Article 9 delves deeper into the topic: “In addition to the conditions under Article 8, other entities shall also meet the following conditions before providing network publishing services:[…]”. An incorrect interpretation of “other entities” in terms of “non-online publishers” would drag in the regulatory scope every entity not being a professional media. “Other entities”, for logical reasons, legal analogy (the abovementioned Regulation on the Administration of Publications), as well as for matters of relations among Art. 8 and Art. 9, shall be, instead, serenely intended as “entities willing to become online publishers”.
II.2. Personal limitations
The current regulation gives the mentioned kinds of enterprises the right of publishing such works without any territorial limits and without the need for specific authorizations. The reform Regulation, though, on one hand (first part of Article 10), provides that “Chinese-foreign equity joint ventures, Chinese-foreign contractual joint ventures and foreign invested companies shall not engage in online publishing service”; on the other hand (second part of the same Article) states that domestic content providers, should they want to cooperate with foreign companies or joint ventures, foreign individuals or other overseas entities, shall ask for the specific approval of the State Administration for Press, Publications, Radio, Film and Television not only in order to publish, but also to constitute future partnerships. The second part of Article 10 quotes: “Where the online publishing service unit cooperates with Chinese-foreign equity joint ventures, Chinese-foreign contractual joint ventures, foreign invested companies foreign organizations and foreign individual in the online publishing service project, it shall obtain the approval from the State Administration of Press, Publication, Radio, Film and Television”.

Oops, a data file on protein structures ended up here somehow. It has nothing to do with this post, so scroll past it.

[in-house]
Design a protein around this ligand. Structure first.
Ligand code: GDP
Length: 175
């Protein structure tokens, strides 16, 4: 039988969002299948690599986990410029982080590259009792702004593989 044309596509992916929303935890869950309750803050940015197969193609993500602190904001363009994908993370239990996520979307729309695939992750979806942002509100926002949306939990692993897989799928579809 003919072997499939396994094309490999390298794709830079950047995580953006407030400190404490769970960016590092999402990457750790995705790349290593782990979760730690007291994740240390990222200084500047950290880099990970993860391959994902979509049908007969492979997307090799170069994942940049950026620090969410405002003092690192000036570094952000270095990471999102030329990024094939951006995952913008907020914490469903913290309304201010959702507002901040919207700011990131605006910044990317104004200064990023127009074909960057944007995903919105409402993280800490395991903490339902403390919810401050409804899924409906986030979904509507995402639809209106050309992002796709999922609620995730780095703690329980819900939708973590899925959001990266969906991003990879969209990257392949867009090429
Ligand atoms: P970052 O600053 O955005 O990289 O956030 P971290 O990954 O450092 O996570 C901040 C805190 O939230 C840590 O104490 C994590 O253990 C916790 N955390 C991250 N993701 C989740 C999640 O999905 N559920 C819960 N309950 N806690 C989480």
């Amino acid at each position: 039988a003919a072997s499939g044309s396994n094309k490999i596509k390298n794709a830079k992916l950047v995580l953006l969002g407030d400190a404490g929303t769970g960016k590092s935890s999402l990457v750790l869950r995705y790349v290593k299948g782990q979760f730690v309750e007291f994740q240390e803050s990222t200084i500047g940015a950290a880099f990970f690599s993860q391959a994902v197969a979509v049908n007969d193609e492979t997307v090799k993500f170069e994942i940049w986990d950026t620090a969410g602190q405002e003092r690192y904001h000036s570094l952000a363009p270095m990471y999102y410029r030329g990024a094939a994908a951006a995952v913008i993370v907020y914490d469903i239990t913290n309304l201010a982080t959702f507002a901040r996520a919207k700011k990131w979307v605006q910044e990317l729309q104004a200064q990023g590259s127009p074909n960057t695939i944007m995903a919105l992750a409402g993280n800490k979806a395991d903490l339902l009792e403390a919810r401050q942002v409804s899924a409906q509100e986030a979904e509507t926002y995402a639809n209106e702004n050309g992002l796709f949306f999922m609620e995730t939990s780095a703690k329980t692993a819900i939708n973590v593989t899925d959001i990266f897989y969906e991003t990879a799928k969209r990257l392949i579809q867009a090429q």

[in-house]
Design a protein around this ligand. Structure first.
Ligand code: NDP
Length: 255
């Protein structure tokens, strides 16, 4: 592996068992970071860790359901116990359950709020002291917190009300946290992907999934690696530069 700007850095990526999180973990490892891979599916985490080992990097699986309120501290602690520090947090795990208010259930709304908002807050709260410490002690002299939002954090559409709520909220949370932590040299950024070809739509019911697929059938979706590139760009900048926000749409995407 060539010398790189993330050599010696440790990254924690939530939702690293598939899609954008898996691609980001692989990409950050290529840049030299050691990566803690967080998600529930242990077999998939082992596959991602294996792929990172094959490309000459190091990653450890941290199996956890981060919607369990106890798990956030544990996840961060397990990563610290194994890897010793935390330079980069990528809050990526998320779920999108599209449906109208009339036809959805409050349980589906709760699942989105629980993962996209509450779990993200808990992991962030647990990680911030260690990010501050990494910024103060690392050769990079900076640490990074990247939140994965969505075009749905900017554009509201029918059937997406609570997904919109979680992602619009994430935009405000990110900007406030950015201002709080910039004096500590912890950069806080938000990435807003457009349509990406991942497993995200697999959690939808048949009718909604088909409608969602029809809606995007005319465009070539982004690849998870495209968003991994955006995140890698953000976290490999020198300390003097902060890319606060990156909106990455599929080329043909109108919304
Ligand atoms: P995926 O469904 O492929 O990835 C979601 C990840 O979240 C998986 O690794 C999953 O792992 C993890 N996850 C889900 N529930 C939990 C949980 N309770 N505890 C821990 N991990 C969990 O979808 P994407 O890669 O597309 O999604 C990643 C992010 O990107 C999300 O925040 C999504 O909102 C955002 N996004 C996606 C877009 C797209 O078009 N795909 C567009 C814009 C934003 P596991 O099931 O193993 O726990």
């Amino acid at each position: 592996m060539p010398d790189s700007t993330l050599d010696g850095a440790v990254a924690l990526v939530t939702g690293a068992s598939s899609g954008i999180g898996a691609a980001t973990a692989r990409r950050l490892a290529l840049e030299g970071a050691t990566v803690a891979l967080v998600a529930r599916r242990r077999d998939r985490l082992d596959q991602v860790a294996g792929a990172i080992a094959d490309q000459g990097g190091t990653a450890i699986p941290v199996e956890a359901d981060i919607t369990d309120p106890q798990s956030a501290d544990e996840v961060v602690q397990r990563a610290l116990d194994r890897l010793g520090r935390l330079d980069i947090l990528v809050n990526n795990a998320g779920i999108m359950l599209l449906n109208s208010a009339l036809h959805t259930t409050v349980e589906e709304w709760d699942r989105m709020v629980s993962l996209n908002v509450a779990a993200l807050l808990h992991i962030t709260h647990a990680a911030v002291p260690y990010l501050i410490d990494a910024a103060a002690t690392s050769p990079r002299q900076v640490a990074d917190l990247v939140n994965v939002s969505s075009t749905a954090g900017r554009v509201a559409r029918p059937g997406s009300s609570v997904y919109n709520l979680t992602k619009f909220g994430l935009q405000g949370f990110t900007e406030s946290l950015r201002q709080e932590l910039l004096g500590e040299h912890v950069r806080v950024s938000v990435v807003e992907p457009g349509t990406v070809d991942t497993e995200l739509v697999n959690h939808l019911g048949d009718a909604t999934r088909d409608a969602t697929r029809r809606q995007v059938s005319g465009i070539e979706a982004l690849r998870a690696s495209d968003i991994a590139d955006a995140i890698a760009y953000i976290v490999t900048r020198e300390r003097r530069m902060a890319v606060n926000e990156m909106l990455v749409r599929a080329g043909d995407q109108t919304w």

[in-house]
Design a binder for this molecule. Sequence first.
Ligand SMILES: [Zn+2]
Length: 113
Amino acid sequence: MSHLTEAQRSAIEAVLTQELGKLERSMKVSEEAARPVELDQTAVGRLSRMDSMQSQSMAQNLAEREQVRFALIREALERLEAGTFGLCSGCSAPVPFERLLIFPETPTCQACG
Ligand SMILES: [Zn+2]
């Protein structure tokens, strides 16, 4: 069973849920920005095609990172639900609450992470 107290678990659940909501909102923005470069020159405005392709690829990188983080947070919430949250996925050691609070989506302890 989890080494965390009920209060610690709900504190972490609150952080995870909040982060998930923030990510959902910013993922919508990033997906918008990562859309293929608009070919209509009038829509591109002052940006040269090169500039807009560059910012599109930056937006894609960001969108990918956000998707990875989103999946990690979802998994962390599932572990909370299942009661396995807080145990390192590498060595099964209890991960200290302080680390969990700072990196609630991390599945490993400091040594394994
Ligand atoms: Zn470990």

Another important focal point of the reform, in order to strengthen the control on the object of online publications, is represented by the need of special licenses for domestic operators willing to publish content online. The public organ in charge for issuing such licenses is, once again, the State Administration for Press, Publications, Radio, Film and Television. According to Article 7 of the Regulation, indeed: “Engaging in online publishing services shall be approved by the administrative department of publication and obtain the “online publishing service license”.
II.3. Checks and censorship.
The normative reform, then, gives the task to local governments to regularly monitor the publishers and make annual inspections. Those activities have to be considered as part of the national security policies and as a State policy on the safety checks.
Authorized publishers, moreover, are now obliged to keep their servers and the storage systems physically in the Chinese territory (Article 12, no. 7). Publishers are obliged, in particular, to practice self-censorship. An extensive interpretation of Article 24 could mean a lot in terms of freedom of expression of thought so that the meaning to be attributed to “self-censorship” here, in particular, is abstaining from: